Dating back to roughly the year 1520,the name "Devils Tavern" was afforded it by it's dubious reputation (it was officially named the Pelican), and it was known as a meeting place for sailors (privateers), cut-throats, smugglers and footpads(thieves/pickpockets).
The pub offers stunning views of London's leafy south, and the Thames, which were sketched by both Turner and Whistler. It is also noteworthy that Charles Dickens and Samuel Peyps were known to have visited the pub.
In the 17th century the pub became the favourite of "Hanging" Judge Jeffreys - the scourge of the Monmouth rebellion - a gallows still remains on the outside of the pub facing the river.
According to legend criminals would also be tied to posts on the riverside (which the back of the pub looks out on to) at low tide, and were left there to die a watery death when the tide came in.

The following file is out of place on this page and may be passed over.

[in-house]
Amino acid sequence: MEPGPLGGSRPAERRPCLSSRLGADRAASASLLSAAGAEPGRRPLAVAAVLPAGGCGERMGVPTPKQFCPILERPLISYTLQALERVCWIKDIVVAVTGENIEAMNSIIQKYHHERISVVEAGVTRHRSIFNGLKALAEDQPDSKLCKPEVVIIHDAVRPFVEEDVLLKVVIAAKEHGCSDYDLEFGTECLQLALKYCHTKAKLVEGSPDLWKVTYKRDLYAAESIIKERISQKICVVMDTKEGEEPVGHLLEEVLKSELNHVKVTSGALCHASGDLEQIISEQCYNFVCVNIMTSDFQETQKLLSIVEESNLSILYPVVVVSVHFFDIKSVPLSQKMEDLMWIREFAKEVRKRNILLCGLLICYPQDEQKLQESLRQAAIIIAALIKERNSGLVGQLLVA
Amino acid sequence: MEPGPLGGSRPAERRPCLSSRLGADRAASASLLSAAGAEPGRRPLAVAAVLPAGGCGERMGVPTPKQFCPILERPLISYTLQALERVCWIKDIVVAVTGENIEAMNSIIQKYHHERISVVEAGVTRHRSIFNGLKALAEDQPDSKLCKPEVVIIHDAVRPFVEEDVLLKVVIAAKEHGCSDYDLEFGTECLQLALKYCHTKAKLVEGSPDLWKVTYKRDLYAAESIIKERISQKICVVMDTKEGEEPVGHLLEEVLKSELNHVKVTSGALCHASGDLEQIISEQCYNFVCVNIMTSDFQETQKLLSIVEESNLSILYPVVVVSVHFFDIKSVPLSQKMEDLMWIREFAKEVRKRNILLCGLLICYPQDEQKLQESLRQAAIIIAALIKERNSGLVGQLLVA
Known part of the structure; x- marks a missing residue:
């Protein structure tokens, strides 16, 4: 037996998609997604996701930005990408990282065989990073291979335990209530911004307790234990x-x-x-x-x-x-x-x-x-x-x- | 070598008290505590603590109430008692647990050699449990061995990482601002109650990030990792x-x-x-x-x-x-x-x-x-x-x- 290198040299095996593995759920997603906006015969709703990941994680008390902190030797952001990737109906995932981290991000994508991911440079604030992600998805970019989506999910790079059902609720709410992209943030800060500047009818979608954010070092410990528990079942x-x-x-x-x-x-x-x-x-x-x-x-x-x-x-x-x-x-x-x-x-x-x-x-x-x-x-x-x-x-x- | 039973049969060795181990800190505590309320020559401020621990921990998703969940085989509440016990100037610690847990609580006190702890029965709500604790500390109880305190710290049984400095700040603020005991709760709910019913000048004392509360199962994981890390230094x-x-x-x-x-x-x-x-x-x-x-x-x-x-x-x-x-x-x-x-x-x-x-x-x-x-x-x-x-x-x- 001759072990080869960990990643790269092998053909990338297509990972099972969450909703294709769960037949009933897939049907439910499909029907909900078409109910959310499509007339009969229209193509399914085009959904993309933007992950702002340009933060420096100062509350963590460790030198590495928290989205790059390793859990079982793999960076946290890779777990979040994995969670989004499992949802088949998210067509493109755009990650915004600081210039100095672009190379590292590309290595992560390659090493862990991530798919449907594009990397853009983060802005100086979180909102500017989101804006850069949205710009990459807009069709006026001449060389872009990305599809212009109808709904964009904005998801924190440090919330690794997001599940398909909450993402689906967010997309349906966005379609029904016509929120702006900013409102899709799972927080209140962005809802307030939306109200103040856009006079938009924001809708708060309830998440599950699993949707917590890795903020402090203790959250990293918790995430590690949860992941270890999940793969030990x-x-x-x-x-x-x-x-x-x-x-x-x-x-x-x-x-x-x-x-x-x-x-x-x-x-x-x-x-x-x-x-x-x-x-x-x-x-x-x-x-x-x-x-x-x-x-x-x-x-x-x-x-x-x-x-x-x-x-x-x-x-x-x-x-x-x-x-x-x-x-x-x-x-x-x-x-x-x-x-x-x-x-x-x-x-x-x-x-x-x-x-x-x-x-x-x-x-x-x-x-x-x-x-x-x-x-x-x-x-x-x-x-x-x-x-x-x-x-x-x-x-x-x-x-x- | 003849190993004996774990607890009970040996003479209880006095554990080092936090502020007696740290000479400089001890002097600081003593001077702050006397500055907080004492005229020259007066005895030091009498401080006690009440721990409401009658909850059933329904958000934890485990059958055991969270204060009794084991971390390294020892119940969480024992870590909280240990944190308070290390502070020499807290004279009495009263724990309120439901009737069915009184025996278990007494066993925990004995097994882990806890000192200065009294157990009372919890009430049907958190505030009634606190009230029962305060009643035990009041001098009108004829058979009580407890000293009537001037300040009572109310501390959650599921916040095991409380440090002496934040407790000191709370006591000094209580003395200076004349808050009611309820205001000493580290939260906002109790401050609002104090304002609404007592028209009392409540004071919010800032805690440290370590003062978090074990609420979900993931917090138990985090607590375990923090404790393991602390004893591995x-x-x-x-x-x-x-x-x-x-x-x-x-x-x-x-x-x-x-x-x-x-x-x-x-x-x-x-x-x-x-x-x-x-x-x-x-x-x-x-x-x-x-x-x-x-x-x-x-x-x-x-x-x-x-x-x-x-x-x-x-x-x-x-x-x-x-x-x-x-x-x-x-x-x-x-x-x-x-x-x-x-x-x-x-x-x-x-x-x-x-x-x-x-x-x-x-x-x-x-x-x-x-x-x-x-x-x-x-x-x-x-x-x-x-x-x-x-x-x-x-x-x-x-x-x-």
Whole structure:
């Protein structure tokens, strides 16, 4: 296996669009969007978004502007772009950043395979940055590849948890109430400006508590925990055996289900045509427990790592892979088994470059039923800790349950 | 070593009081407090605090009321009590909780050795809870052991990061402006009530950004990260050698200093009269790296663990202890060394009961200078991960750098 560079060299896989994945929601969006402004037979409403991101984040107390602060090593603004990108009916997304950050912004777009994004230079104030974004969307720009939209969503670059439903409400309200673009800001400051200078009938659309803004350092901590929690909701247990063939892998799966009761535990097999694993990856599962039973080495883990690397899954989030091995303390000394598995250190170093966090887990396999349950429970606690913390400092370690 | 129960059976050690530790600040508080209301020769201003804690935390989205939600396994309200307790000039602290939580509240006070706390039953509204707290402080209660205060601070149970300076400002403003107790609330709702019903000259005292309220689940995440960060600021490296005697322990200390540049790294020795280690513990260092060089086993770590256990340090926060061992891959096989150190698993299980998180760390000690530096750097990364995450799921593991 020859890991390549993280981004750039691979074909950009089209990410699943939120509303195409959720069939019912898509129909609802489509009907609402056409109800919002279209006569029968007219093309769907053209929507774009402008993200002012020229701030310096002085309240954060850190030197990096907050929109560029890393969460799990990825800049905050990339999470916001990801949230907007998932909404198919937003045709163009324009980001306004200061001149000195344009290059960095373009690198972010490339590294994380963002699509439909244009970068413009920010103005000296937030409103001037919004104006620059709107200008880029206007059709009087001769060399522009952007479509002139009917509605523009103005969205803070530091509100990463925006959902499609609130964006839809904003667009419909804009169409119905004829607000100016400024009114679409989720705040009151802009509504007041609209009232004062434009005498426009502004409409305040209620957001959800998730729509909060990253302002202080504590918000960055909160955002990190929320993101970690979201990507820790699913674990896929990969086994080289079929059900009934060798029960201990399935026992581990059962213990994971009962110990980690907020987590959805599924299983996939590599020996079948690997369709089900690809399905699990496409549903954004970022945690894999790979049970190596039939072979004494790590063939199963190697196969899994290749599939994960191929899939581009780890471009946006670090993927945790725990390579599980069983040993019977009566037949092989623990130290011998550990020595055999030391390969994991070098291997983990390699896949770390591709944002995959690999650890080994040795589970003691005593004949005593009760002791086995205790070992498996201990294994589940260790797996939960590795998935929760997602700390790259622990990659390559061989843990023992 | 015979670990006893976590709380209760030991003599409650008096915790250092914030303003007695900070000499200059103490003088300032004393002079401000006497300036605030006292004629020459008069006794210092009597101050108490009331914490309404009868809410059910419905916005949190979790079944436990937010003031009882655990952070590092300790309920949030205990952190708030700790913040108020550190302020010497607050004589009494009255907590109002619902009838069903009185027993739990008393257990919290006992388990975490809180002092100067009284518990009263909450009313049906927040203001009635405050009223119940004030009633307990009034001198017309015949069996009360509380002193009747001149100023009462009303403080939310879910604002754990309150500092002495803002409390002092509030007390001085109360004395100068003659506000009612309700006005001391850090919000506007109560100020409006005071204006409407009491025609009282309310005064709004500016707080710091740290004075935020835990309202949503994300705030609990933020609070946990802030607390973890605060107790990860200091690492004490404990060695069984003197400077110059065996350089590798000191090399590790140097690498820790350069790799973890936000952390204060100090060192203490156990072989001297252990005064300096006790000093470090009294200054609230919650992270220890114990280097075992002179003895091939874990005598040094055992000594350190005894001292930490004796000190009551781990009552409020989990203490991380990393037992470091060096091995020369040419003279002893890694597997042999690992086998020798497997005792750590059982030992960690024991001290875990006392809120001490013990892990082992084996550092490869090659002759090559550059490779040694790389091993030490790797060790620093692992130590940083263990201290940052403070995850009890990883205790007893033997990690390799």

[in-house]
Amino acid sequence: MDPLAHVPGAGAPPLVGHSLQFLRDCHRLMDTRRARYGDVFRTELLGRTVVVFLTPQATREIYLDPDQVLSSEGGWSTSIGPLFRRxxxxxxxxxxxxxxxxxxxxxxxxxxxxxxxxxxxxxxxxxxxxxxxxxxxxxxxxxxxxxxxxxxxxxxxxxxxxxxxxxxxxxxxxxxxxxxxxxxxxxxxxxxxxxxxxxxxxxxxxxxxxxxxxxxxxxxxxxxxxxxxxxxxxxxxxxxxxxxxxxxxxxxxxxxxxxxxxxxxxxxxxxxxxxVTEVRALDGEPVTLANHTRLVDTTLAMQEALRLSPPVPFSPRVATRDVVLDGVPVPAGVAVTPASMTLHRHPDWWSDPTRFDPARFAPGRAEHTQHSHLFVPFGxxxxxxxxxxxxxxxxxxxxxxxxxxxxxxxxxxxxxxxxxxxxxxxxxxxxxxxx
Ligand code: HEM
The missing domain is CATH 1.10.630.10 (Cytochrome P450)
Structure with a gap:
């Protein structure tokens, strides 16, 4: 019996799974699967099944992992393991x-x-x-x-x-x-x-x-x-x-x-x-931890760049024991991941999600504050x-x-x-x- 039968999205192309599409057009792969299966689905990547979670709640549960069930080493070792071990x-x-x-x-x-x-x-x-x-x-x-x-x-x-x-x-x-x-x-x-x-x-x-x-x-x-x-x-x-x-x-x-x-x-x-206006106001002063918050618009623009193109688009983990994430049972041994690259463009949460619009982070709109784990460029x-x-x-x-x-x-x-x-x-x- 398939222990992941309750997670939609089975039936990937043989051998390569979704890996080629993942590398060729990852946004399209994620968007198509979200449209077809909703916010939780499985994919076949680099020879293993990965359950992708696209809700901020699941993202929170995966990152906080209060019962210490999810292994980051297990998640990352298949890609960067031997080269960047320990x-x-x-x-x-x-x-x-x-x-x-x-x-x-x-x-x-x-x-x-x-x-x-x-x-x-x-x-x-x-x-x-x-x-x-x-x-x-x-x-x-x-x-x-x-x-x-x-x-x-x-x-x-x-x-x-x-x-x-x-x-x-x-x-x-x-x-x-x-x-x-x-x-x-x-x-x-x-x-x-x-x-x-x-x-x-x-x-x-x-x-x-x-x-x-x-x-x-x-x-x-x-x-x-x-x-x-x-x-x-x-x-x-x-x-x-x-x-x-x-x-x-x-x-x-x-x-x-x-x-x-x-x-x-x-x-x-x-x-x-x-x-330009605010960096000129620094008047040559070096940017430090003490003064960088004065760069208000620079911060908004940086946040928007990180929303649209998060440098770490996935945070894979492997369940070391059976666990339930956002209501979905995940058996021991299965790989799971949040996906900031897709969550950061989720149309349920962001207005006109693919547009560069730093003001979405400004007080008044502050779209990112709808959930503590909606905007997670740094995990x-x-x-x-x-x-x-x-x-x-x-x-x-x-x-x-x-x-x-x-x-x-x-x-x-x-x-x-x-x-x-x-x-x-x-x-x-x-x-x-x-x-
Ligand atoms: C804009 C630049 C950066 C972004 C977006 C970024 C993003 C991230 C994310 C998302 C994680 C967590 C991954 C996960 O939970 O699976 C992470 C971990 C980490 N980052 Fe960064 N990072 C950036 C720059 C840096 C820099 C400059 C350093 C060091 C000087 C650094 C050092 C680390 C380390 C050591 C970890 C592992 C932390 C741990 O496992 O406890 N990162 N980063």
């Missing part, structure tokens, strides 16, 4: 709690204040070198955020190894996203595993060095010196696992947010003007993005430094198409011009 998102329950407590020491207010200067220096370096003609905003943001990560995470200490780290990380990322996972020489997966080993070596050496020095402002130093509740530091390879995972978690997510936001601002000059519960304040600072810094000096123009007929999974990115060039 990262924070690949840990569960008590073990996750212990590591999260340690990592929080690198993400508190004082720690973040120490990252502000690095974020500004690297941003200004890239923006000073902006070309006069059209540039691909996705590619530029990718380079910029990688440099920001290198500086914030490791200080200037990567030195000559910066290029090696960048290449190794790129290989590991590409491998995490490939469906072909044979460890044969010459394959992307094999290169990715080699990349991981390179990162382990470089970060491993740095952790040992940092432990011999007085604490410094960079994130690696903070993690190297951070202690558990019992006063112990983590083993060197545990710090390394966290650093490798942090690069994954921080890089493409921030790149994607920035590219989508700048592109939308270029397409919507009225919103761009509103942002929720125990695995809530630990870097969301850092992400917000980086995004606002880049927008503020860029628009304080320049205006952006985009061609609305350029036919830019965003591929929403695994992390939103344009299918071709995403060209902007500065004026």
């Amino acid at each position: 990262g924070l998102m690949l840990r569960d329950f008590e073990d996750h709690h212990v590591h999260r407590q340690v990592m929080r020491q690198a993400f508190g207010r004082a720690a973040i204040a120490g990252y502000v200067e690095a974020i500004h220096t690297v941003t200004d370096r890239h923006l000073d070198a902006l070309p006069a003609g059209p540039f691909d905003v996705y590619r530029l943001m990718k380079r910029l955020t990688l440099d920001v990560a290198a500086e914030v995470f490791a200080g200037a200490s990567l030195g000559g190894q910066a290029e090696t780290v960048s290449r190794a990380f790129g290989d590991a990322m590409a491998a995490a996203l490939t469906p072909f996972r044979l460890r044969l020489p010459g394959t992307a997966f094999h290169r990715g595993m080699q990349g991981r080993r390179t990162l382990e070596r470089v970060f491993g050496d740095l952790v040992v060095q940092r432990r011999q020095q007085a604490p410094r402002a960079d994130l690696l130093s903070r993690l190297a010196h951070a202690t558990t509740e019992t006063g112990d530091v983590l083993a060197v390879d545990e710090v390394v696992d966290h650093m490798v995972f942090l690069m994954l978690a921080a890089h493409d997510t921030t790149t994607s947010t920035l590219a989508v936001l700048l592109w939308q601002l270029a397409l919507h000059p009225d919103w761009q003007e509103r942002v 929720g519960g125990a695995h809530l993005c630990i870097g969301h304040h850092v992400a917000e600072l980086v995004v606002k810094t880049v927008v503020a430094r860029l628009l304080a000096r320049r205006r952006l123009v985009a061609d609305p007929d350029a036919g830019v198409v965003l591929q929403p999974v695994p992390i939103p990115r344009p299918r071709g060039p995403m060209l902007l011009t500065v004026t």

Being such an old pub with such a chequered history it almost goes without saying that there may be supernatural goings on.
The most famous is the rumour of that the pub is haunted by a ghost of a man who had been a sailor, possibly a Pirate killed in a brawl in the 1500s named Splinters Threepwood.
The appearances are characterized by an unusually high wind, blowing in from the Thames,the apparition is usually preceded by a scent of old tobacco and stale rum which lingers in the air, seeming to blow in from the river the sounds of seagulls outside die down to an almost deadly silence and the temperature drops. A salty looking man rather the worse for wear, dressed in the fashions of a bygone era, and bearing the marks of one who had been in something of a struggle then meanders into the pub and takes a place usually on the upper floor in a corner, the salty odour clings to the air, and for the brief period in which the apparition remains in the pub a distinctive presence is felt.